In Search of ... a decent Sherman HVSS by Doug Chaltry
15 August 2004 email: doug(at)
A lot has been happening these past couple years for those of us interested in modeling the Sherman tank in 1/72nd scale. What used to be a dearth of good kits has now become a fairly decent selection of the most common types, either in plastic or resin. This isn't to say that much more isn't needed, which it is, in order to give Sherman modelers the same broad selection of kits as those interested in German Panzers. But things certainly are improving.

One of the many gaps still remaining in Sherman availability however, are kits of the late war versions with the HVSS (Horizontal Volute Spring Suspension). One of the oldest plastic kits on the market, the Hasegawa M4A3E8 Sherman, was equipped with this suspension, but like the rest of that kit, the wheels and bogies are over-scale. No other plastic manufacturer has yet provided a replacement.

Some resin companies have marketed a few HVSS Shermans, and they have all taken one of two routes in producing this suspension: they have either used modified Hasegawa kit parts, or they have used modified parts from the Matchbox 1/76th scale M40 (or M12?) HVSS kit. Unfortunately, neither of these solutions is appropriate for a good suspension in this scale.

Fine Scale Factory sells three versions of HVSS Shermans: an Israeli M-51, an M4A3 with winter tracks, and a late-WW II/Korean-era M4A3 HVSS. All three of these kits use a modified suspension from the old Hasegawa kit. In order to improve upon the over-scale Hasegawa wheels, FSF reduced the diameter of the wheels by thinning the tires. This has indeed brought the overall size of the wheels closer to correct for the scale, but they do, however, look a little strange with a large wheel but very thin rubber tire. Still, it is certainly an improvement over the Hasegawa parts. (They also improved the bogie suspension a bit and added nice bolt detail to the wheel rims).

Several companies have used Matchbox HVSS parts for their Sherman kits, including Modell Trans, Exokit, and Ca.Ma. Unfortunately, these wheels and suspension parts are far too small for 1/72nd scale.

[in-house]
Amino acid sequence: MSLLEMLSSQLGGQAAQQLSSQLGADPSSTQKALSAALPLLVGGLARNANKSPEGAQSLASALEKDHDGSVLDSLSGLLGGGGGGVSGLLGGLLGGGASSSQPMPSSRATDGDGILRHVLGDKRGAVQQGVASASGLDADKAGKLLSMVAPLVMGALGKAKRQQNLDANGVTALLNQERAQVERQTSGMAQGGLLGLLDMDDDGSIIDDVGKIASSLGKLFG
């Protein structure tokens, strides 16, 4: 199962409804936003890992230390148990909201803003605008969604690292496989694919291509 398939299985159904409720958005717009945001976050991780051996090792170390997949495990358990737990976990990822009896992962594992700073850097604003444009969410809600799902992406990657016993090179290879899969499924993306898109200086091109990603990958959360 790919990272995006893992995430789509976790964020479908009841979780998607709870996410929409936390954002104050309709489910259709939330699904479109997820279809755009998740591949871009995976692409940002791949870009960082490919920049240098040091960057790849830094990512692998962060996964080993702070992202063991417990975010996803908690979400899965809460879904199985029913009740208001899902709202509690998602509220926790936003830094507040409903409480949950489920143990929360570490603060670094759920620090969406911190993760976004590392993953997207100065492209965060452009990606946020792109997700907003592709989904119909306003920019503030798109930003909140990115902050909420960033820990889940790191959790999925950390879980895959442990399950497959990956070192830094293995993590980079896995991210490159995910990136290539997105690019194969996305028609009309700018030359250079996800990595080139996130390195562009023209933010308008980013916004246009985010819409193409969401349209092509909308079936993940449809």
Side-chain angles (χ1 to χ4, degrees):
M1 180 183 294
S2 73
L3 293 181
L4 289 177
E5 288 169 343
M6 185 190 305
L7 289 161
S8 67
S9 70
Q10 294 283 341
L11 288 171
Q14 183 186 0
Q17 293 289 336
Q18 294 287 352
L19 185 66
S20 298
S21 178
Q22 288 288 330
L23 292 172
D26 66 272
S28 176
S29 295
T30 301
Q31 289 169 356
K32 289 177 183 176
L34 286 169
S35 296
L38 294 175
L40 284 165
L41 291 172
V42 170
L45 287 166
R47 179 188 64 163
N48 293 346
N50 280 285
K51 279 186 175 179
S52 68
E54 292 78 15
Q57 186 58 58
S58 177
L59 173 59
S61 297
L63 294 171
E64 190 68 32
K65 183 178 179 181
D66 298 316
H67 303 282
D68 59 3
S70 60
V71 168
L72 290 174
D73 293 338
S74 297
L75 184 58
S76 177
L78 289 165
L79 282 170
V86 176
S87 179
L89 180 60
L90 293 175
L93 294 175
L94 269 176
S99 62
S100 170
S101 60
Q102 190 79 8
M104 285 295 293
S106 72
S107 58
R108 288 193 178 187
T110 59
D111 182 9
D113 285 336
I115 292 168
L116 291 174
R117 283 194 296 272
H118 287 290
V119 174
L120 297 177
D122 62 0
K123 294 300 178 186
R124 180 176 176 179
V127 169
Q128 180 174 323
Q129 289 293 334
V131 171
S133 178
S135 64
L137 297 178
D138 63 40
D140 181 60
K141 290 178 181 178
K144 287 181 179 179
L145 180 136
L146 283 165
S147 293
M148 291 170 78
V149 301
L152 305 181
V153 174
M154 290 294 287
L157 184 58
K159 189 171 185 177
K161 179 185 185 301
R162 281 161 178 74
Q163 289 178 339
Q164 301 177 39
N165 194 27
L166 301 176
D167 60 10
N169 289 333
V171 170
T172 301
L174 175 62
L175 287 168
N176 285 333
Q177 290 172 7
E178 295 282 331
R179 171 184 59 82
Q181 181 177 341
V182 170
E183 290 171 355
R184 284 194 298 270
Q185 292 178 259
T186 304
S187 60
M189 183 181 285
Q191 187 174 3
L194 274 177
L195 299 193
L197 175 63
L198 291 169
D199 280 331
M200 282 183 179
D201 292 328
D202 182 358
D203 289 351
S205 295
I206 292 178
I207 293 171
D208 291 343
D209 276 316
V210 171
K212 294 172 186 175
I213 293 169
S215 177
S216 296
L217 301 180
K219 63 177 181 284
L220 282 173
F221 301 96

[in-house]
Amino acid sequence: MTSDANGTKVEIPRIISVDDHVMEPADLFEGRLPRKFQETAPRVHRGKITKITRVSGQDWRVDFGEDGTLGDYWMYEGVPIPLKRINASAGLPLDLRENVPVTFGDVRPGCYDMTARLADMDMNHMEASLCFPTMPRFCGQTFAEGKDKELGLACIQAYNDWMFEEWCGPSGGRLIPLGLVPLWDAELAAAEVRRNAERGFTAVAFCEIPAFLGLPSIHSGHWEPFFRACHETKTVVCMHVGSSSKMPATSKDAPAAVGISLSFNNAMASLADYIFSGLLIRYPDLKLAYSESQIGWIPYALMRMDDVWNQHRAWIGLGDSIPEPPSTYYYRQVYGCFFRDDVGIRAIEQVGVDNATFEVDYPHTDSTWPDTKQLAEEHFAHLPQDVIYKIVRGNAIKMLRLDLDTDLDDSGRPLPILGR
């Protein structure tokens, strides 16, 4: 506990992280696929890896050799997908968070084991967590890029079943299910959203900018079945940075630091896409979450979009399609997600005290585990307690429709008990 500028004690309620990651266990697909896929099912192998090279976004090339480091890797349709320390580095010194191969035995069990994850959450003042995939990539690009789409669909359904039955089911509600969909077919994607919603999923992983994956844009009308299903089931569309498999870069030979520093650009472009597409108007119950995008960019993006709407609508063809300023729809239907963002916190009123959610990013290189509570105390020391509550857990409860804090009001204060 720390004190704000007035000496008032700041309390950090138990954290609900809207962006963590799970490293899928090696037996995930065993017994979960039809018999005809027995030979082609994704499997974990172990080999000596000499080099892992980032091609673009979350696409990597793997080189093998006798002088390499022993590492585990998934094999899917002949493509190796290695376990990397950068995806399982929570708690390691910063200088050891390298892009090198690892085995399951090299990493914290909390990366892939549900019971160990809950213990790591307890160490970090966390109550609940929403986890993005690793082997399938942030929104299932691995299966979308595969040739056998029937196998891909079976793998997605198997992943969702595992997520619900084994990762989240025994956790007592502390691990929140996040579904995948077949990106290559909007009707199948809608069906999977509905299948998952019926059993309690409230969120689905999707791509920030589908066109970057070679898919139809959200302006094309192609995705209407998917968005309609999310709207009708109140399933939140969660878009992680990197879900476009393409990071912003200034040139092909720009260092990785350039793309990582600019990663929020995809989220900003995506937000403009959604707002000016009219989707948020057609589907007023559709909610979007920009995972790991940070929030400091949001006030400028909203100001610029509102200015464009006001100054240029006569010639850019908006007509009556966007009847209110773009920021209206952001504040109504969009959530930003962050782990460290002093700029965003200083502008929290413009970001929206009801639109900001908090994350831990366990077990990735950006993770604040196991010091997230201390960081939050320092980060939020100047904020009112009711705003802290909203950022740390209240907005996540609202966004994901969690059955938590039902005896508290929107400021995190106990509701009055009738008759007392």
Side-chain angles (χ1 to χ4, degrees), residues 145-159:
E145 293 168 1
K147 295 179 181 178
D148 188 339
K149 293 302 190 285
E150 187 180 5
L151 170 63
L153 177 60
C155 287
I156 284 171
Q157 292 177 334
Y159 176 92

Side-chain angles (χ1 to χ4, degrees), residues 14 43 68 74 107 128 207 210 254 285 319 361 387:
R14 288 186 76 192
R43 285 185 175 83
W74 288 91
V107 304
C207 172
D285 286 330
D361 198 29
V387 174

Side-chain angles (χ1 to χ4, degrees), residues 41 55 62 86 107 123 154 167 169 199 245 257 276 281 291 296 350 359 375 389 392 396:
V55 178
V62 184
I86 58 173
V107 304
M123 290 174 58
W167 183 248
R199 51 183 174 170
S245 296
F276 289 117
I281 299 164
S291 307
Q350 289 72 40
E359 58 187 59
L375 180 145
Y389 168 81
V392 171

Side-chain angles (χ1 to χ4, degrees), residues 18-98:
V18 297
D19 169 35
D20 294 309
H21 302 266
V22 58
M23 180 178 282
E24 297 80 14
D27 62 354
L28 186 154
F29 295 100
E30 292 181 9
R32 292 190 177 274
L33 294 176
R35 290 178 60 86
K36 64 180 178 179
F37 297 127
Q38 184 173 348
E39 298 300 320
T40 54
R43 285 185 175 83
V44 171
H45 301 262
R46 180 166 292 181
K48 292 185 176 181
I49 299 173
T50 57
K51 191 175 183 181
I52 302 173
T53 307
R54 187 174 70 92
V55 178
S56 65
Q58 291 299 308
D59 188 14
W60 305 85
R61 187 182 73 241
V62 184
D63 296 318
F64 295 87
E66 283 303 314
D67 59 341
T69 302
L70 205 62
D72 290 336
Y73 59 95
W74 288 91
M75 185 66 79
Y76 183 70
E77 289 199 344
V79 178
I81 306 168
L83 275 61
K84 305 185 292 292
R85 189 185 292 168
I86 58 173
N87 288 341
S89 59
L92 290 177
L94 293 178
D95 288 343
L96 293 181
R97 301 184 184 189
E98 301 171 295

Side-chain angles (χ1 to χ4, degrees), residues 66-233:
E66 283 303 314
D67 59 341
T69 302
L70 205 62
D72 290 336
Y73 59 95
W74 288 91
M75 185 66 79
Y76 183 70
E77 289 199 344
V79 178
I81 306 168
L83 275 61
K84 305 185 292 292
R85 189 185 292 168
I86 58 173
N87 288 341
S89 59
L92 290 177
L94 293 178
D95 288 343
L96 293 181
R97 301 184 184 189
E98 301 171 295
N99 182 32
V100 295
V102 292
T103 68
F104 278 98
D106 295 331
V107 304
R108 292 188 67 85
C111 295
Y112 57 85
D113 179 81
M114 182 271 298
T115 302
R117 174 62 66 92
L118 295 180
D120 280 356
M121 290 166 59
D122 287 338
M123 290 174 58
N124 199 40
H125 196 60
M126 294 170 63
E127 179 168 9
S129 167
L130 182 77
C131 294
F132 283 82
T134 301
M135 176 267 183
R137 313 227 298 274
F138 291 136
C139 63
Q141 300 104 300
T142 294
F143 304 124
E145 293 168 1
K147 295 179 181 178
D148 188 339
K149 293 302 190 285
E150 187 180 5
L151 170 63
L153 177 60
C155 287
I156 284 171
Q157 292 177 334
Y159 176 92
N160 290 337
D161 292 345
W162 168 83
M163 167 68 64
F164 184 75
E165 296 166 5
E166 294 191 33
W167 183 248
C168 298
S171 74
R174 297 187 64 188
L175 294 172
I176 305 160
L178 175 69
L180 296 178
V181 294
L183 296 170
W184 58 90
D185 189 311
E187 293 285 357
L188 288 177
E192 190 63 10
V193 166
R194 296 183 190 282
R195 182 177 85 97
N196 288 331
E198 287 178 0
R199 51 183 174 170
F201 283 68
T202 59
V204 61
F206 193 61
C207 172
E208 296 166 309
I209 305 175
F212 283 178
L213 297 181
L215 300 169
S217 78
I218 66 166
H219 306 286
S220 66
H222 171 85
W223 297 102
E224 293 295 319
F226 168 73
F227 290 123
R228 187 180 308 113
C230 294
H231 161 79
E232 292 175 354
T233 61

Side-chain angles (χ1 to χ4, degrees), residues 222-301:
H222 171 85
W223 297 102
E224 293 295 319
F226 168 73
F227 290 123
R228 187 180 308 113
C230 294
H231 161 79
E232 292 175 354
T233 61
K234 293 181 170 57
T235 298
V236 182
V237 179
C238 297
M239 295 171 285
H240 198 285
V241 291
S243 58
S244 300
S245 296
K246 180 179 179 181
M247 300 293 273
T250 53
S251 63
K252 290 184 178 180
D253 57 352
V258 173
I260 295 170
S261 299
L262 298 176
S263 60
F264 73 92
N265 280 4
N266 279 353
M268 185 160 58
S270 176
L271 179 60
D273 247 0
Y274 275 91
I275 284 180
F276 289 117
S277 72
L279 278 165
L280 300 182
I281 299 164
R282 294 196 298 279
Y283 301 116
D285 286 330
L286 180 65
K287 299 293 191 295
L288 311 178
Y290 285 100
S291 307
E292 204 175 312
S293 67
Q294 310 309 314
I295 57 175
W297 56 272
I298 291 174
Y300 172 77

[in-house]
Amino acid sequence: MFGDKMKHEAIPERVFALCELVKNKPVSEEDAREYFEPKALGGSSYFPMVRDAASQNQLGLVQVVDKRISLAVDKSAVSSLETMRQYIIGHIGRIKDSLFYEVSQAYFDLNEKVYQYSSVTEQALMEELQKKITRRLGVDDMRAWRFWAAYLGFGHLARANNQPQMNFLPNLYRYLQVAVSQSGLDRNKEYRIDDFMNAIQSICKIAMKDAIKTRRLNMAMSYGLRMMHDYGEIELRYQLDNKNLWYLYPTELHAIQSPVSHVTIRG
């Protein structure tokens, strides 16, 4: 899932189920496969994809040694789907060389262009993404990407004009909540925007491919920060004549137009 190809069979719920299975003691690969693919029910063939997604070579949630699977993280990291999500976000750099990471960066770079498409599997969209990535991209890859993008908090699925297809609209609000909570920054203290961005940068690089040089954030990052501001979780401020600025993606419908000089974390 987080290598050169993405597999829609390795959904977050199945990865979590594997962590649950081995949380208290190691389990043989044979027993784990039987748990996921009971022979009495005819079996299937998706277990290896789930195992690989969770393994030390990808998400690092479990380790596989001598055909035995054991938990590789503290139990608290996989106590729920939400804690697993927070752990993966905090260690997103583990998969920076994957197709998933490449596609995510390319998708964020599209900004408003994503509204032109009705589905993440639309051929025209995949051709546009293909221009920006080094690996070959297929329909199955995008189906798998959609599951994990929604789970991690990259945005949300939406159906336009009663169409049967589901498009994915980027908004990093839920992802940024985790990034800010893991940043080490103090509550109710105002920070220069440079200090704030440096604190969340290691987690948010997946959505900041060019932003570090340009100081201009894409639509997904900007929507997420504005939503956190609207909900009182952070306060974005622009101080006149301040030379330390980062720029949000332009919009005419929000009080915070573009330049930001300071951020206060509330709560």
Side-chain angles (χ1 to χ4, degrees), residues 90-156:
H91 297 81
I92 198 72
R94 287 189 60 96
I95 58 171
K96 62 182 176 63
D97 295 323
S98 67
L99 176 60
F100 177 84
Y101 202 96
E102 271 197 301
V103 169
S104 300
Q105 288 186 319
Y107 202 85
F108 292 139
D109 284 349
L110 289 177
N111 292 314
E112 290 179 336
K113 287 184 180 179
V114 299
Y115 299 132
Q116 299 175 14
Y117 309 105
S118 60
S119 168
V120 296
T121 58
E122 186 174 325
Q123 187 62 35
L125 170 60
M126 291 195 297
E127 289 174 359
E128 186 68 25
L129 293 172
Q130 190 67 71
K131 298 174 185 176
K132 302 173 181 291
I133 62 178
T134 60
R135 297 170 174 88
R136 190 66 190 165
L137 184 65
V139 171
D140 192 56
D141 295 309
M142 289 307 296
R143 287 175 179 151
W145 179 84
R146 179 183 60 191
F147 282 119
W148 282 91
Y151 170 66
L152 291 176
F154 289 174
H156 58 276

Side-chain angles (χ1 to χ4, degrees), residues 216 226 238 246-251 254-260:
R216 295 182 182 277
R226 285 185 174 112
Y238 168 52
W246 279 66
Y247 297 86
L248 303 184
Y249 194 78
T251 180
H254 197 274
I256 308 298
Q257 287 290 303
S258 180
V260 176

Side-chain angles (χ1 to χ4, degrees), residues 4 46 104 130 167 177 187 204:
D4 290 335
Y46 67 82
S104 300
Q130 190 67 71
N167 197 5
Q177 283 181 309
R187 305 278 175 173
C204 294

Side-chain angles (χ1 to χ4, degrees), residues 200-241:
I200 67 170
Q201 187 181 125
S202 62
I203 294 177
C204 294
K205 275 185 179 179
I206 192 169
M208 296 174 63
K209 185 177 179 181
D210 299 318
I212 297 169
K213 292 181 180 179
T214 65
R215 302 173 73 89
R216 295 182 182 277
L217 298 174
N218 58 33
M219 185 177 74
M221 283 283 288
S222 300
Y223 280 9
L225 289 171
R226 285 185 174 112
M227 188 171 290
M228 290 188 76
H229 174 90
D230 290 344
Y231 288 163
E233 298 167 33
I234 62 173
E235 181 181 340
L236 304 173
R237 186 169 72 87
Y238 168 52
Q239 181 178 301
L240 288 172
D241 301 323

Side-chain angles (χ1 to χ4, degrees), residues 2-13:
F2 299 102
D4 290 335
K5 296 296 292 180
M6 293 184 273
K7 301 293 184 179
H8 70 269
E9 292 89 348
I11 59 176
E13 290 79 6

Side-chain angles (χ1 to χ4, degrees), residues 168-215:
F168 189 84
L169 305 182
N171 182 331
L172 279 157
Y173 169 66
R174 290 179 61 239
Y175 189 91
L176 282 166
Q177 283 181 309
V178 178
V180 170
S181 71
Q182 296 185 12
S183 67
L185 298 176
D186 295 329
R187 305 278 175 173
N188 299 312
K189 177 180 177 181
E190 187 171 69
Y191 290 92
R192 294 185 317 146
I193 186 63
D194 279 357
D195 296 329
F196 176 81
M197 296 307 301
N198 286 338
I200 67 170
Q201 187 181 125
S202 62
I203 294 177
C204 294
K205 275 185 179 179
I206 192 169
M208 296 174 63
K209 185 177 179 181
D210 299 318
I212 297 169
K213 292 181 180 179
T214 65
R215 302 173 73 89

This table shows some measurements to compare all of these parts (size in mm):

  Sprocket Wheel Idler Wheel Road wheel Large Return Roller Small Return Roller Suspension Unit Height Wheel Spacing (hub to hub)
Real Item 660.0 571.5 520.7 342.9 254.0 787.5 862.5
1/72nd Scale 9.2 7.9 7.2 4.8 3.5 11.0 12.0
Hasegawa Kit 10.5 10.0 8.0 5.6 3.4 12.0 12.0
Fine Scale Factory 9.4 10.0 7.8 5.6 3.9 11.8 12.0
Matchbox 8.9 7.2 6.5 3.9 3.9 10.4 12.0

This shows me that overall, the Fine Scale Factory suspension is the most accurate. The main, glaring exception to this, is the idler wheel, which is way over-scale. For those of you who have a spare Hasegawa Sherman in your "never-to-be-built" pile, an adequate solution will be to replace the FSF idler wheel with one of the road wheels from the Hasegawa kit, which is a pretty good match for size. Given this fix, I think that the FSF suspension overall looks the best of the three, but the tires need to be thicker and the road wheels smaller in order to look truly correct.

The Matchbox road wheels actually look very good, as far as relative sizes of the rims and the tires, but again, their overall size is too small.

A note about the sprocket wheels: both the Hasegawa and FSF sprocket wheels lack one sprocket tooth; they have 12 teeth, whereas they should have 13. The FSF sprocket is copied from the ESCI kit, hence this discrepancy. I imagine this will affect the size and number of track links to be used on each track run, but considering that the FSF kit hulls are modified from ESCI kit parts, which are also a little bit too short, I'm not sure what the overall effect will be.

So in conclusion, I want this article to serve as a call to manufactures to please come to our assistence with the Sherman HVSS. Although we have a workable solution with the FSF kits, they could be improved upon. Fine Scale Factory, Modell Trans and MR Models have all shown a great interest in Sherman kits in the past years, so let's hope that one of them (or someone else) will come out with an all new, and accurate, HVS suspension in 1/72nd scale.

HVSS measurements taken from: MMiR's Modeler's Guide to the Sherman, by Pete Harlem.

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